On Dr Lim’s seventh death anniversary on Tuesday (4 June 2019), local group Function 8 revealed that it is organising a memorial gathering, scheduled for 3 July, in honour of Dr Lim.

Calling Dr Lim “one of the great English educated leaders of the opposition much feared by Lee Kuan Yew,” Function 8 wrote that Dr Lim was “an effective organiser, writer and eloquent orator, his skills combined with his intellect easily matched that of Lee.”

Calling Dr Lim the group’s mentor and leader, Function 8 member and fellow political detainee Teo Soh Lung recalled: “To know Dr Lim Hock Siew is to know the political history of Singapore and the meaning of Lord Acton’s words: “Power corrupts and absolute power corrupts absolutely”. I never fully understood those words until I learned about the imprisonment without trial of Dr Lim and other patriots of Singapore by the Men in White.”

Asserting that “the abolition of the ISA had always been central to Dr Lim’s political philosophy,” Ms Teo wrote:

“The ruthless use of the ISA by the people in power took away 20 prime years of his life and left his wife, Dr Beatrice Chen, to raise their young son of five months all by herself. We cannot imagine how much emotional and mental anguish he and his family endured during those years.
“But we can and should appreciate Dr Lim’s unfailing concern for all Singaporeans when he called for the abolition of the ISA and the setting up of a commission of inquiry for ISA cases.”

Recalling Dr Lim’s view that the younger PAP leaders would use the ISA as a “reserve weapon to safeguard the PAP’s interests,” Ms Teo continued:

“It would be foolish for us not to heed the words of a person who had suffered 20 long years in prison under the ISA and whose integrity, courage and principle led him to reject an offer of release that came with conditions which would have justified his detention. In addition, Dr Lim issued a public statement through his courageous wife, Dr Beatrice Chen on 18 March 1972, critical of the PAP regime and its ruthless use of the ISA.
“The defiance of Dr Lim was to result in his further imprisonment for another 10 years.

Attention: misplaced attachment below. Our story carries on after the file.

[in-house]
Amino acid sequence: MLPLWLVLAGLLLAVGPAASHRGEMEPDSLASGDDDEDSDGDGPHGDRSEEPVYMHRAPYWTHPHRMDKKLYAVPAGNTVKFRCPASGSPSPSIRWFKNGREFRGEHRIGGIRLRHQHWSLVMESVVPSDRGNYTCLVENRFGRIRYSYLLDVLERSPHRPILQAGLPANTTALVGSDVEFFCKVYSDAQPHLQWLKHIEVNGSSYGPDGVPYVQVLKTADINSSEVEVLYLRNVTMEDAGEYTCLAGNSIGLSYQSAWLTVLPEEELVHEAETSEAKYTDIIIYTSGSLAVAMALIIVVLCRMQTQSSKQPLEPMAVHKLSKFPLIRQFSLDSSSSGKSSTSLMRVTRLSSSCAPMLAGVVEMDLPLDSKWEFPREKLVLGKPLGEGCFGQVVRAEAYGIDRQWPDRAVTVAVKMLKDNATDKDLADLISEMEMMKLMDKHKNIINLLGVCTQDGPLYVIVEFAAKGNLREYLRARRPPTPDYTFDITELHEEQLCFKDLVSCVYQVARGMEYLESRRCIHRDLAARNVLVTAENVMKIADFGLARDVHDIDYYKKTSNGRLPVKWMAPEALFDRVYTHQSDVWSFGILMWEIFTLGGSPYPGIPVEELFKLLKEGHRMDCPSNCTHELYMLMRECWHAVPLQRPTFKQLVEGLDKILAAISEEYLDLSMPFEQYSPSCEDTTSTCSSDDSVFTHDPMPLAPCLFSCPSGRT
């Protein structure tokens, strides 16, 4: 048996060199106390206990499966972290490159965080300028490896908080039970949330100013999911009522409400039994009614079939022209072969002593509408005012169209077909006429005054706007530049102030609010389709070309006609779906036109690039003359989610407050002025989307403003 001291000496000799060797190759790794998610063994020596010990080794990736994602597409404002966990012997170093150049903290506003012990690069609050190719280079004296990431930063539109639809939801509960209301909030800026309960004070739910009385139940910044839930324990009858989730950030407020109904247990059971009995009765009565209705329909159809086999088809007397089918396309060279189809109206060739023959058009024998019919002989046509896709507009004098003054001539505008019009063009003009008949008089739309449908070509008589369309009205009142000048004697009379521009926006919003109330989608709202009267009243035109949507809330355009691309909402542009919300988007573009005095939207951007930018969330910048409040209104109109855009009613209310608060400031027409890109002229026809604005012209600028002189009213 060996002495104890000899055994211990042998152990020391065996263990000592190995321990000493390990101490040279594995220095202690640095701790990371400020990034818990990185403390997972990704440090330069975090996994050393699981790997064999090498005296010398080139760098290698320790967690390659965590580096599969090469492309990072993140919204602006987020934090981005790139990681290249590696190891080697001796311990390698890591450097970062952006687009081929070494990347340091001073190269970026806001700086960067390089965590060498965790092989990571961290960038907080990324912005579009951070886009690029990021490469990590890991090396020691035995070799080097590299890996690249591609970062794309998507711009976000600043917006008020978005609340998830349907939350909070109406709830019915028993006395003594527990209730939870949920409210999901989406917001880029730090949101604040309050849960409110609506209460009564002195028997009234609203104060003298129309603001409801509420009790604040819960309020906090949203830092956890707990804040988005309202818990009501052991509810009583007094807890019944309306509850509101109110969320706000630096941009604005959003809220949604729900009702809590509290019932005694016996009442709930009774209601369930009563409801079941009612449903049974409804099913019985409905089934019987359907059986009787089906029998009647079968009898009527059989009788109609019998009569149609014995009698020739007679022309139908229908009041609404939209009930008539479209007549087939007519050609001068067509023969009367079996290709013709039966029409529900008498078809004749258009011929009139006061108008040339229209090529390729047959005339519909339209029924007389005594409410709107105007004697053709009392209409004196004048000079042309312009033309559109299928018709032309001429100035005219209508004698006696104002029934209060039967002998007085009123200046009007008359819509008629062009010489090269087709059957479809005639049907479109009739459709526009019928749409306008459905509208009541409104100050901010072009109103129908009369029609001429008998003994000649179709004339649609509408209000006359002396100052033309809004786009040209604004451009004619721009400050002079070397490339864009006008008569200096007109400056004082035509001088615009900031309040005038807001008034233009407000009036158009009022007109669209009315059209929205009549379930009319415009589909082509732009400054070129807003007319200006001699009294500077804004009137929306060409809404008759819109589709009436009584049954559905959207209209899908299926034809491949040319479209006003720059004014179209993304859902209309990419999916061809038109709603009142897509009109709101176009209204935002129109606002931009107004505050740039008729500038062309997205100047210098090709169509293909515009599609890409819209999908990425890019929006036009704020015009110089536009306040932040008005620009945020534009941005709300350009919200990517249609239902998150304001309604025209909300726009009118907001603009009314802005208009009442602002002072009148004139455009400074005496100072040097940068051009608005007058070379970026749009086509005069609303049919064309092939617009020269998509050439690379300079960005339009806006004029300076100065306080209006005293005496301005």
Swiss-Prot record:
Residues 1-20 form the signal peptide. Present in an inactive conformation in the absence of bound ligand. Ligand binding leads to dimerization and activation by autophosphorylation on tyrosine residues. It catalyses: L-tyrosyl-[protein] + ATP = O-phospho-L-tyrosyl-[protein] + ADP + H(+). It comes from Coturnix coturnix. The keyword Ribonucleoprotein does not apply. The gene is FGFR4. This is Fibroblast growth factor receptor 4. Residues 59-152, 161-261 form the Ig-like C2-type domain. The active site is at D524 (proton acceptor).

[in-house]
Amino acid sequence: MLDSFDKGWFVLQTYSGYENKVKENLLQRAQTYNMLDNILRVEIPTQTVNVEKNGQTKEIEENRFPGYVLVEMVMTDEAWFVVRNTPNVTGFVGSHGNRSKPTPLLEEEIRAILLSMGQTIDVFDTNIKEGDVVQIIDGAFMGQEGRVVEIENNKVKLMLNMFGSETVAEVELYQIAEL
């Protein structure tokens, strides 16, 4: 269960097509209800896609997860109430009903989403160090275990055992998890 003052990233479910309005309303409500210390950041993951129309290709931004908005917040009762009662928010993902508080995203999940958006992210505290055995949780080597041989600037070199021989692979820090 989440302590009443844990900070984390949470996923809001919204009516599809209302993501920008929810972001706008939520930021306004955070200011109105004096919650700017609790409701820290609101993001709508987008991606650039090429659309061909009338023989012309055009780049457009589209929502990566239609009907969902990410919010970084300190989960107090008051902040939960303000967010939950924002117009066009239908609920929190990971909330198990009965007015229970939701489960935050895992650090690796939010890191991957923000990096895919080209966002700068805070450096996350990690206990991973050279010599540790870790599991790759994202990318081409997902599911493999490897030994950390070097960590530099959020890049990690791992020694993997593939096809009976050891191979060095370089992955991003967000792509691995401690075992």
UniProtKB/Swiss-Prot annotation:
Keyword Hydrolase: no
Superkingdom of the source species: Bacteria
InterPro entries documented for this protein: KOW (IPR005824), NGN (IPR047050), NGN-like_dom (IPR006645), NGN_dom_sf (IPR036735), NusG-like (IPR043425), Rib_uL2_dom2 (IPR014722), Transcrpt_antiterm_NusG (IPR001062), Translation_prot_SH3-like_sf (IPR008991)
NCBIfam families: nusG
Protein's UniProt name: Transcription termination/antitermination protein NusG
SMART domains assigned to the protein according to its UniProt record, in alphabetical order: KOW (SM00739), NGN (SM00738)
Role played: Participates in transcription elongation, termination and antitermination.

“Twenty years of imprisonment without trial! The sentence imposed by a cabinet of PAP ministers, is almost twice the length of a life sentence! What did Dr Lim do to deserve such a sentence by ministers and not by judges?”

Asserting that Dr Lim and his family “continued to suffer” without an apology or compensation, Ms Teo said: “It would be foolish to think that imprisonment under the ISA will never happen to us because we have done no wrong. I used to think that as long as I was doing everything in the open and in accordance with the law, I would never be arrested under the ISA.” She added:

“I was awed when I first met people like Inche Said Zahari who was jailed without trial for 17 years. That feeling of awe, however, did not translate into my understanding of what he went through for 17 years – how his wife, Salamah and young children suffered during those long and cruel years without their husband/father and sole bread winner.
“Dr Lim was a gentle yet firm leader with a vision. The Men in White have cut short Dr Lim’s contributions to the political development of Singapore into a more humane and just society in peaceful co-existence with our neighbours . They have deprived us for twenty years of a good and caring doctor who often treated patients without charge, even giving money to those who could not afford to pay for their transport home.
“Farewell, Dr Lim, I’m sure you have sojourned to a happier world that you so deserve, but your words and deeds will always remain in our hearts.”

Read her tribute to Dr Lim in full here:

Today is the 7th anniversary of the death of Dr Lim Hock Siew. He was one of the great English educated leaders of the…

Posted by Function 8 on Monday, June 3, 2019